The way I would describe private equity, or PE, today is an asset class delivering market-beating investment returns that has grown college endowments and enhanced the retirement security of millions of pension beneficiaries, including teachers, firefighters, police and other public workers. Just as important, private equity does this by helping companies grow and improve, starting from day one of an investment.
Different firms approach this in different ways, but consistent among them is the first enduring principle of private equity: alignment of interest. This refers to alignment between a company's management and the firm investing in it, but it also means alignment between the firm investing and its own investors.
At KKR, once we make an investment, we work with a company's management team to improve the balance sheet, margins, operations, and, importantly, their topline. These actions may seem obvious steps in how to create successful companies today, but when George Roberts, Jerry Kohlberg and I co-founded KKR a little over 40 years ago, they were not.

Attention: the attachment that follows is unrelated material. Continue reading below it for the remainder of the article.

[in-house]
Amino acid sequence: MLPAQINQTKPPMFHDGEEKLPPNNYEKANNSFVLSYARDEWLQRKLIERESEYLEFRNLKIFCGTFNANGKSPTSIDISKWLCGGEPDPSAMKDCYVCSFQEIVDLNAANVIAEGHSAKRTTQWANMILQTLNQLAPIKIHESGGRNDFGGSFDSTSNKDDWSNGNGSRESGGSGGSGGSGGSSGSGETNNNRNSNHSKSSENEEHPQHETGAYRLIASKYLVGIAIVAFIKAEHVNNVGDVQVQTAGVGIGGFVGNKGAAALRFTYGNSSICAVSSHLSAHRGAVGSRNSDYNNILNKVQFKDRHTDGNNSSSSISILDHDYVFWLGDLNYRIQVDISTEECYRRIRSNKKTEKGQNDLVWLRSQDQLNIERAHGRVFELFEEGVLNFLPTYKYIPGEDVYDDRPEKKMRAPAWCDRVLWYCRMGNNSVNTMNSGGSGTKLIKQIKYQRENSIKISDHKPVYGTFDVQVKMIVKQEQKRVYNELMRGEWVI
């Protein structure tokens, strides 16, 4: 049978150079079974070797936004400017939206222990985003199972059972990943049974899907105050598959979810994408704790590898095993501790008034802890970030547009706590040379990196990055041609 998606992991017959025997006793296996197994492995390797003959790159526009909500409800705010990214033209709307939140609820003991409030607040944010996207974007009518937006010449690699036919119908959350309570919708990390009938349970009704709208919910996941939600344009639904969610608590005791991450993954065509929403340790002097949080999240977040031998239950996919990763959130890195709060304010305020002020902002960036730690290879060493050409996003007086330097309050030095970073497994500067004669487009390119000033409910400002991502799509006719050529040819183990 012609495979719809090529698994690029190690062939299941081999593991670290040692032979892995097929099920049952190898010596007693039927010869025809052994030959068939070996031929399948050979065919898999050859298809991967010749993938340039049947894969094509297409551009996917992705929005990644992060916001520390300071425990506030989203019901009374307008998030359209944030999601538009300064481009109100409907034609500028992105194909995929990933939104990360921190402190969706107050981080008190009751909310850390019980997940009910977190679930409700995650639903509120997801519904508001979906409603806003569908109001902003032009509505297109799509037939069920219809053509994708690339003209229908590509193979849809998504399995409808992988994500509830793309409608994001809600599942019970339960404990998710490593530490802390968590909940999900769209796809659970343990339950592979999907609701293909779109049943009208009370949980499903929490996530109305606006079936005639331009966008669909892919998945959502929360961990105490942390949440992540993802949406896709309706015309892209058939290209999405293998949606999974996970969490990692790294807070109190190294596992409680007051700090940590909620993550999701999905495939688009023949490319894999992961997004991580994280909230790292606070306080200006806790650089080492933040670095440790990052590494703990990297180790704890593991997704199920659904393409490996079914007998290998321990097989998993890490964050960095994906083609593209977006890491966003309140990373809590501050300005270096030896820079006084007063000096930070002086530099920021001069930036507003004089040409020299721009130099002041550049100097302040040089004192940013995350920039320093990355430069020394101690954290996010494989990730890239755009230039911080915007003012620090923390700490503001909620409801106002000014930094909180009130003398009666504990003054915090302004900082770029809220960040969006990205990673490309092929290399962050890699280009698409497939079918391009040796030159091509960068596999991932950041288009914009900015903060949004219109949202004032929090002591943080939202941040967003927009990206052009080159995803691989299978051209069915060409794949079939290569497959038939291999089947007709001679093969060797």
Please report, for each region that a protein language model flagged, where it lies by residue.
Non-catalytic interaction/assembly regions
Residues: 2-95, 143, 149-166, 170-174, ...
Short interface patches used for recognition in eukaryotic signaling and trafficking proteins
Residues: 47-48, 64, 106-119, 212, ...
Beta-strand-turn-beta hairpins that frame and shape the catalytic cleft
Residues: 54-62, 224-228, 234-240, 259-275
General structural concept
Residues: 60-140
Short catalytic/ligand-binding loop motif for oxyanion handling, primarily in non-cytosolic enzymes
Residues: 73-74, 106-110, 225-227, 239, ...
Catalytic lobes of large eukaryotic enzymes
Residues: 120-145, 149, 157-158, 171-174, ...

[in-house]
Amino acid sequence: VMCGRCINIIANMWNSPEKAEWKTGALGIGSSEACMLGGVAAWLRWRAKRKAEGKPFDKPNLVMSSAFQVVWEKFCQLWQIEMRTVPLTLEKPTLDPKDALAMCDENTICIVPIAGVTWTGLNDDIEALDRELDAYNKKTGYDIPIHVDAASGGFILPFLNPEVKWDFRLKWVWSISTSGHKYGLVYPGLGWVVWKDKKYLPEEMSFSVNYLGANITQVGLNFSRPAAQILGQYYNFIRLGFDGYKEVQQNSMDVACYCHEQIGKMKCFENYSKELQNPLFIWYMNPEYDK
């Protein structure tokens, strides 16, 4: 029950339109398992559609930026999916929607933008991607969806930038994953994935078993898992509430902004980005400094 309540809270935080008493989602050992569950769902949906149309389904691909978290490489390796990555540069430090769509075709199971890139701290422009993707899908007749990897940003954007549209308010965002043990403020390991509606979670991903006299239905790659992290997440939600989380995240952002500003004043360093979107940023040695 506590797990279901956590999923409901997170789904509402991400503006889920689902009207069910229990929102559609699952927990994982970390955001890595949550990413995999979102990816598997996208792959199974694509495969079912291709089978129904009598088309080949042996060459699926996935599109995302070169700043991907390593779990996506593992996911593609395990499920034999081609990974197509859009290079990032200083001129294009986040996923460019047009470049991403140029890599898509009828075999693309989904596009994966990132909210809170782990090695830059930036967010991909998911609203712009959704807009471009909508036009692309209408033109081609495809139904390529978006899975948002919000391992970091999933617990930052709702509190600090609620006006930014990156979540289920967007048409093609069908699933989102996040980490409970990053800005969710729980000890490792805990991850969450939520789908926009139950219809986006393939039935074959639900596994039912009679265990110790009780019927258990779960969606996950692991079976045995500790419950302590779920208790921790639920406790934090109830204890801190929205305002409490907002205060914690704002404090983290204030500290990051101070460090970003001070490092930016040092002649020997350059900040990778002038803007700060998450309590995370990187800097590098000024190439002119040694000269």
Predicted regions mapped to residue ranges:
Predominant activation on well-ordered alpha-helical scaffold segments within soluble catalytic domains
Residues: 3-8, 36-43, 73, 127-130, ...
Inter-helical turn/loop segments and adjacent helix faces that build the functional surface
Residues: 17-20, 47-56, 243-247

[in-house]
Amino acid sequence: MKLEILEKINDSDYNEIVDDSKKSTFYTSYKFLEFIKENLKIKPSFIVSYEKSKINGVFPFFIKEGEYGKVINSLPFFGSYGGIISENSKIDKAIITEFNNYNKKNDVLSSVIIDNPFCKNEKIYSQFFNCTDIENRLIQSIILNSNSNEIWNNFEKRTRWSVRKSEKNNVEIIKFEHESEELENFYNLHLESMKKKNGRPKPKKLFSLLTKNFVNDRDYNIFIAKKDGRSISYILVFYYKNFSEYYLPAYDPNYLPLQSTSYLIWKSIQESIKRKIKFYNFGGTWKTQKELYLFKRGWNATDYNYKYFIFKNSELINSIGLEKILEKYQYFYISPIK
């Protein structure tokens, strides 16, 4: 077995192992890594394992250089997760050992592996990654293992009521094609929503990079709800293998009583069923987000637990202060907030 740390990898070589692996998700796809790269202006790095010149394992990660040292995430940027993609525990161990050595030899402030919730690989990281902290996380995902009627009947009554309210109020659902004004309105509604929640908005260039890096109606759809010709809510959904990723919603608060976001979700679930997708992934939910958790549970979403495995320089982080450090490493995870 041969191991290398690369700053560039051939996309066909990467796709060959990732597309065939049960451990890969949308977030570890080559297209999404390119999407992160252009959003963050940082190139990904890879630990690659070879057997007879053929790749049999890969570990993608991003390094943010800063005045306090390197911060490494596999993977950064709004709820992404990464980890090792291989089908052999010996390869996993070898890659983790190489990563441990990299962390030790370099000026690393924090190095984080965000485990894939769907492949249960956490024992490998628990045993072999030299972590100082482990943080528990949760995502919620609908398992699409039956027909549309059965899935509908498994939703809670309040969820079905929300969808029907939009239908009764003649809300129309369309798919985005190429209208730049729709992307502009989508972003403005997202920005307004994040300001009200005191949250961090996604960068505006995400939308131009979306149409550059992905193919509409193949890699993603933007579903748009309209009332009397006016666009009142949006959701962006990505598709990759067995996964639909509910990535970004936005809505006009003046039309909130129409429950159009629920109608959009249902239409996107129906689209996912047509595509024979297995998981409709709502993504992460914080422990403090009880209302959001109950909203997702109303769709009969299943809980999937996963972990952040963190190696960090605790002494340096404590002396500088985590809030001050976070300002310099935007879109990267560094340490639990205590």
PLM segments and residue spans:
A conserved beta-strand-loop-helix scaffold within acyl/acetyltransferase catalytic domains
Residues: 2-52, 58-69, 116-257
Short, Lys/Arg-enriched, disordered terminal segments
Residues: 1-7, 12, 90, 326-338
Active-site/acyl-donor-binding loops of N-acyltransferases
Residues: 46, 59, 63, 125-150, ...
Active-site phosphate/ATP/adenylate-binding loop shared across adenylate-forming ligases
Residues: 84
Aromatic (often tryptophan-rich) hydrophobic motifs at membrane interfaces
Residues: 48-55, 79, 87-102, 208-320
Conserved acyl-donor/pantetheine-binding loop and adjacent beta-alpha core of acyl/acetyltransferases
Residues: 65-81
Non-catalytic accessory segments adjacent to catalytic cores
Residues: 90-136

In the '70s and '80s, companies were less concerned with these efficiencies, perhaps because management was focused on other things. To help solve for this, when we were getting started, we instituted management ownership programs, a concept that was not typical in those days. Running a company as an owner unlocks value and this alignment of interest impacts company profitability substantially. I remember a board meeting at one of our investments in the '80s, a business in the oil and gas industry, where management recommended a $100 million oil exploration budget. Our first reaction was that they must be quite optimistic about their prospects to risk that much of the shareholders' capital. We pointed out to them that as shareholders who owned 10% of the company, they were putting $10 million of their own capital at risk. Moments later, management decided to reconsider the budget. One month later, the exploration budget had been cut in half, and they were acutely more focused on the results of each and every drilling site.